What A Difference A Tree Makes

Trees are lovely things, as a general rule. But sometimes, in coastal communities, trees can really get in the way, and unhealthy trees also pose a risk of causing real damage to nearby houses during a severe storm. So it was with the trees on the hillside of our neighbor’s property, which made yesterday morning “tree removal time” on the Greenhead Peninsula.

Through the work of Melvin and his backhoe and his friend Steve and his chainsaw, we cut down and hauled away more than a half dozen trees of varying sizes, including a large diseased tree located right next to our house. My role was basically limited to lifting and bundling branches for later removal, and since I value my fingers I tried to stay as far away from the chainsaw as possible, just to be on the safe side. It’s amazing, though, what a chainsaw, a backhoe, and a few hours of hard work can accomplish. As a result of our efforts, we cleared much of the hillside, as our neighbor wanted, and we also gave Melvin and Janet a view of the harbor from their kitchen window, just like they had years ago, when there weren’t as many mature trees in the neighborhood.

As a result of the tree removal operation, the neighborhood looks a lot different. The south side of our house now has dramatically altered views and will be getting a lot more sunshine on clear, cloudless days. We can also see the huge rock formations on the hillside, which I like. Our work has also affected the view from our upper deck, as shown by the before (above) and after (below) photos with this post. And now I don’t have to worry about a sick tree toppling into the side of our house during the next nor’easter.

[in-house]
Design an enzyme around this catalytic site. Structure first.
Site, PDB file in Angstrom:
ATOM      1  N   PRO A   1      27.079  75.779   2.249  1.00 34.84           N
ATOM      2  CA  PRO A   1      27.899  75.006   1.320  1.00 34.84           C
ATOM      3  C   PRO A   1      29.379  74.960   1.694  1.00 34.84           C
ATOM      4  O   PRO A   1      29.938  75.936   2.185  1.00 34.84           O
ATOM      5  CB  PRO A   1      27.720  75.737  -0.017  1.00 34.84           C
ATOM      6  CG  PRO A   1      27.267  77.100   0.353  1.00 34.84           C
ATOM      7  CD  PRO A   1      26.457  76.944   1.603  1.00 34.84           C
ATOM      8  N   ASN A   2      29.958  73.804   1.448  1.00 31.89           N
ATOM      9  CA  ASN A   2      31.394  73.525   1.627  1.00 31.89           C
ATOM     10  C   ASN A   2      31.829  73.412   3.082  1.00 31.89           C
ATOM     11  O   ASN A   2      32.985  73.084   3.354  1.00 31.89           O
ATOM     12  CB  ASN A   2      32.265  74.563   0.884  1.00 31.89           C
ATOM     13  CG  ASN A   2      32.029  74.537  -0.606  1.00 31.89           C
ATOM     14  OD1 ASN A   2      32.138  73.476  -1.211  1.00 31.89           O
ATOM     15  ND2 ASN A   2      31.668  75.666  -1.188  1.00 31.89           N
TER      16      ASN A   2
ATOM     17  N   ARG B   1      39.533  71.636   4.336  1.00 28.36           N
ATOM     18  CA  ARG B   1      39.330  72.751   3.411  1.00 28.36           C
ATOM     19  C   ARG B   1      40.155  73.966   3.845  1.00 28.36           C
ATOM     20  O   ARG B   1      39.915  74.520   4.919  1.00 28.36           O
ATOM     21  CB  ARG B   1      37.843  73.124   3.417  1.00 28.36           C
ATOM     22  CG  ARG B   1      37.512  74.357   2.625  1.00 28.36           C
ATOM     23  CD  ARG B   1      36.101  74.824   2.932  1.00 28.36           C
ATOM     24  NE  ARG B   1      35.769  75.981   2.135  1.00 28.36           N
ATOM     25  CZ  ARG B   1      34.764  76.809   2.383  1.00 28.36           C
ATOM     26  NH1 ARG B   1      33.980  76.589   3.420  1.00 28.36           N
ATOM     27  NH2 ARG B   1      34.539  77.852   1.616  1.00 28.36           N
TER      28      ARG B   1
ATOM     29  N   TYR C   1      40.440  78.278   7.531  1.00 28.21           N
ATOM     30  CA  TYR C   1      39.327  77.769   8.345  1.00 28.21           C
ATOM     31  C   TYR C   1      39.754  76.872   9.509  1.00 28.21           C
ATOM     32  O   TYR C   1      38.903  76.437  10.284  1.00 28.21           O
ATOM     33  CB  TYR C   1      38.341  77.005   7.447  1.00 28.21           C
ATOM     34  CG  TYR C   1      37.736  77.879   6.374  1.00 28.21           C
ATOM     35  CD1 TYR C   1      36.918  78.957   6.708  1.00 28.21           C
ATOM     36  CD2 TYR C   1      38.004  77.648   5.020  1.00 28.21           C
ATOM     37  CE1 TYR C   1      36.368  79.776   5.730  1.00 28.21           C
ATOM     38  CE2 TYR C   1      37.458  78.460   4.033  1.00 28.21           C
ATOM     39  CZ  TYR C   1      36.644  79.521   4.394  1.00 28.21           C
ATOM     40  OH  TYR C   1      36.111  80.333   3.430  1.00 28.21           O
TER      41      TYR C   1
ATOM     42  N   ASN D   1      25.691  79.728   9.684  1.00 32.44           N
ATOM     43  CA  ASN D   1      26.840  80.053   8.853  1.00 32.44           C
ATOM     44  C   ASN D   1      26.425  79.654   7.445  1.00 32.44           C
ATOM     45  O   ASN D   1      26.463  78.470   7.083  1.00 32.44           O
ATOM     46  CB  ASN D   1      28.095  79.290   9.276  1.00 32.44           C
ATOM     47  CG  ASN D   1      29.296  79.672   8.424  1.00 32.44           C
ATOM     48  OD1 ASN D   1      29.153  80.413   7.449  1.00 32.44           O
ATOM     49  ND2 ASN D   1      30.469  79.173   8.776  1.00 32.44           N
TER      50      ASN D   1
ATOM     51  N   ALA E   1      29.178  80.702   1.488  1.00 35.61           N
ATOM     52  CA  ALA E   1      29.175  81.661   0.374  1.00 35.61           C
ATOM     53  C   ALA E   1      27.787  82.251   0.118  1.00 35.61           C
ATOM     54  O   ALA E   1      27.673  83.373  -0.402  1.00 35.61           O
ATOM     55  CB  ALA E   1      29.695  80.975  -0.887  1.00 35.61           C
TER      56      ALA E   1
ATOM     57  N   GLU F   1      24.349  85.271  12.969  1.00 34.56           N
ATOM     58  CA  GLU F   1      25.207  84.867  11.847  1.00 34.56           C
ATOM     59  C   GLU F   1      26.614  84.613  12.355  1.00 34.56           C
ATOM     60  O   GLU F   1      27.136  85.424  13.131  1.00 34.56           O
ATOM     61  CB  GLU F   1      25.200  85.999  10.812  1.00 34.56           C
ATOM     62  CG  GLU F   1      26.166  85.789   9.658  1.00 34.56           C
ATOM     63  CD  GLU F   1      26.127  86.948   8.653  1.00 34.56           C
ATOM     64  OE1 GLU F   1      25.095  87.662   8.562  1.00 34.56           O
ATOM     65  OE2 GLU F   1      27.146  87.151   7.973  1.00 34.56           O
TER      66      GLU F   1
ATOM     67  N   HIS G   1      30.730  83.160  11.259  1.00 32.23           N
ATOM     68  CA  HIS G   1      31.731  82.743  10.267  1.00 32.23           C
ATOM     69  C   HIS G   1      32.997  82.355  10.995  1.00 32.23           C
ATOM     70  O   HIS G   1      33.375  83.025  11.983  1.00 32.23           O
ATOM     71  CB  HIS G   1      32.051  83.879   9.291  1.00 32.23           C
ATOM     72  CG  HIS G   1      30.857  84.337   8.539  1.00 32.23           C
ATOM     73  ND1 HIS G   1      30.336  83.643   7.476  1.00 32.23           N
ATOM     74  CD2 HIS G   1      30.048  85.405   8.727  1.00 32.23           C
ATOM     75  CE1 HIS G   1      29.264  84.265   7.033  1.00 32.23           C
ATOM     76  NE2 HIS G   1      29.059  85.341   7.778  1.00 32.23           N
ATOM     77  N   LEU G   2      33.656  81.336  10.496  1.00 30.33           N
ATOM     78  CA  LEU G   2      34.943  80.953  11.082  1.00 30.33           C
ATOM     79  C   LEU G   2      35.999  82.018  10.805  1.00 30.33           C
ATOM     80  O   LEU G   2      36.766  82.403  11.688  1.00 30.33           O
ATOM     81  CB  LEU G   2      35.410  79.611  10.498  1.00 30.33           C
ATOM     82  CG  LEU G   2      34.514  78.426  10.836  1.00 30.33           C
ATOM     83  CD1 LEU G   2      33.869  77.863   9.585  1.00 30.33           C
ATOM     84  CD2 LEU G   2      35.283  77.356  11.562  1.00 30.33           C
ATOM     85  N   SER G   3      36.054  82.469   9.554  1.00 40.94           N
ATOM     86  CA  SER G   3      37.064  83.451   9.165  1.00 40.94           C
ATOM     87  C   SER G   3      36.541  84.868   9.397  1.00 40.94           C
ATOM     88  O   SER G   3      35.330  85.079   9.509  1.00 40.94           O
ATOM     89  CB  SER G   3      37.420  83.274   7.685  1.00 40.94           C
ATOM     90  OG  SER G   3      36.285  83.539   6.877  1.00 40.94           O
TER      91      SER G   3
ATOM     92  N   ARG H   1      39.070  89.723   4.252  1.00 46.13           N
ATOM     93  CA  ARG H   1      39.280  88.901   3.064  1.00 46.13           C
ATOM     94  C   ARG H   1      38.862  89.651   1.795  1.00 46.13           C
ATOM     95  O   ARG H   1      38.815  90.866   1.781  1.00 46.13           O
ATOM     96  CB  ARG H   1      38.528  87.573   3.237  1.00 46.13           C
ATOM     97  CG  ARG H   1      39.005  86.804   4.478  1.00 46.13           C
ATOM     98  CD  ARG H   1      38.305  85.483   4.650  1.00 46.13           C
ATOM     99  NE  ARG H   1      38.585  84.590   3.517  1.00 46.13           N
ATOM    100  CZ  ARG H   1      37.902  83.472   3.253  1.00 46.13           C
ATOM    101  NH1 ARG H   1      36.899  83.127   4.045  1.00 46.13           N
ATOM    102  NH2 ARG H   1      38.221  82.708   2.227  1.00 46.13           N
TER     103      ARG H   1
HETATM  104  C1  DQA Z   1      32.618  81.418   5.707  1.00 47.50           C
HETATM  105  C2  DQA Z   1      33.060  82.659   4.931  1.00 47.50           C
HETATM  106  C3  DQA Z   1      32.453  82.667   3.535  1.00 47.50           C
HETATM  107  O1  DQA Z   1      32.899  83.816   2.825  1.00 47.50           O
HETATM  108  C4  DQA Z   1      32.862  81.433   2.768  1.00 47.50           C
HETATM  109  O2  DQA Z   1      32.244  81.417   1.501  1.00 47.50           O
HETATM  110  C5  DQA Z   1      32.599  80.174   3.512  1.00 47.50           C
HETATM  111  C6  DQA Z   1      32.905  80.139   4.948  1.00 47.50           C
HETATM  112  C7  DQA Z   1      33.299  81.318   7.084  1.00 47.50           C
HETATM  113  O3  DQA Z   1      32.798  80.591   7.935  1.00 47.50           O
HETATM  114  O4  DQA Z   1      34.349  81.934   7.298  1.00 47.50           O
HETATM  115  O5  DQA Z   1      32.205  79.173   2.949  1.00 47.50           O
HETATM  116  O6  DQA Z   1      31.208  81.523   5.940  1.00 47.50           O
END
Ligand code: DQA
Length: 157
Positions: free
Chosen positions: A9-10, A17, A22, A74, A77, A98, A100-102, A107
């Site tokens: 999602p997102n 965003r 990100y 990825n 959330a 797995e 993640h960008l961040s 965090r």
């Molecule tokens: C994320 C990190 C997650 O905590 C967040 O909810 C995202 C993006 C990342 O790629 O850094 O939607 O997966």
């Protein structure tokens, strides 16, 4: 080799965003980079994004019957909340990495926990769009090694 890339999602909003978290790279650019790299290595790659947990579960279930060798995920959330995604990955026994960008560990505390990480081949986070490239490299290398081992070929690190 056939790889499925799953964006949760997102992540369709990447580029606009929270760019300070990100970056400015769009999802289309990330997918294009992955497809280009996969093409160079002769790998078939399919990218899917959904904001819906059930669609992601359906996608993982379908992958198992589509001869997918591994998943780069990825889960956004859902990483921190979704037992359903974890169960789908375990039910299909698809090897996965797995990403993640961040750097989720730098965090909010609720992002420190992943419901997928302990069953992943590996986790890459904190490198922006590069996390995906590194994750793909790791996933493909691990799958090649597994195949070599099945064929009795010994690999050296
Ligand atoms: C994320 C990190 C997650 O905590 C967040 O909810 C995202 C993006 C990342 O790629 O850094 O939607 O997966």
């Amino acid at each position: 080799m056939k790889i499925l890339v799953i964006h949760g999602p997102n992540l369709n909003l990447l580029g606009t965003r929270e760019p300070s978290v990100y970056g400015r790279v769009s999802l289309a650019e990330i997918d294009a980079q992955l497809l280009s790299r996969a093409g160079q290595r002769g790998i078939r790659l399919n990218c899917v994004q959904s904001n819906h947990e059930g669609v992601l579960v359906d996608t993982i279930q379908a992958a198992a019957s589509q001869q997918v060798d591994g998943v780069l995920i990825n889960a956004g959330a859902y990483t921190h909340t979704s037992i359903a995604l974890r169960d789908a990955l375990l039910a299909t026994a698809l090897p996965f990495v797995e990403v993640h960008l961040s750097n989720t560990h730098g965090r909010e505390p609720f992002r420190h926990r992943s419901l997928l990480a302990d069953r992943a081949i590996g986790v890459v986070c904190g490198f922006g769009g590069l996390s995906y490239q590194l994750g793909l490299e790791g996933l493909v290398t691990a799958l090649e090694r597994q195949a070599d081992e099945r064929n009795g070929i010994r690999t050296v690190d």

On A Clear Day

I’m always astonished at how far you can see on the clear days in Stonington. On the last part of my morning walk I climb Pink Street, which winds ever upward, cross School Street by the old schoolhouse that is now a community center, and then jog over to the aptly named Highland Avenue. That street bends in the direction of the harbor and, after you pass a few homes, stacks of lobster traps, and piles of lobster buoys, you suddenly emerge into the open, far above the harbor and the houses on Main Street below, and are rewarded for your climb up Pink Street with the sweeping vista shown above.

Standing at that point and trying to take it all in, you feel like you can see for miles—and you can. Isle au haut, the island with the notch in it in the background, is about 6 miles away from this point. And all of the islands and boats in the foreground are so distinct you can see individual people moving on the boats and individual trees on the islands rustling in the breeze.

It’s as if you’ve never really seen something clearly before. On clear days like this one I always wear sunglasses because everything is so breathtakingly bright.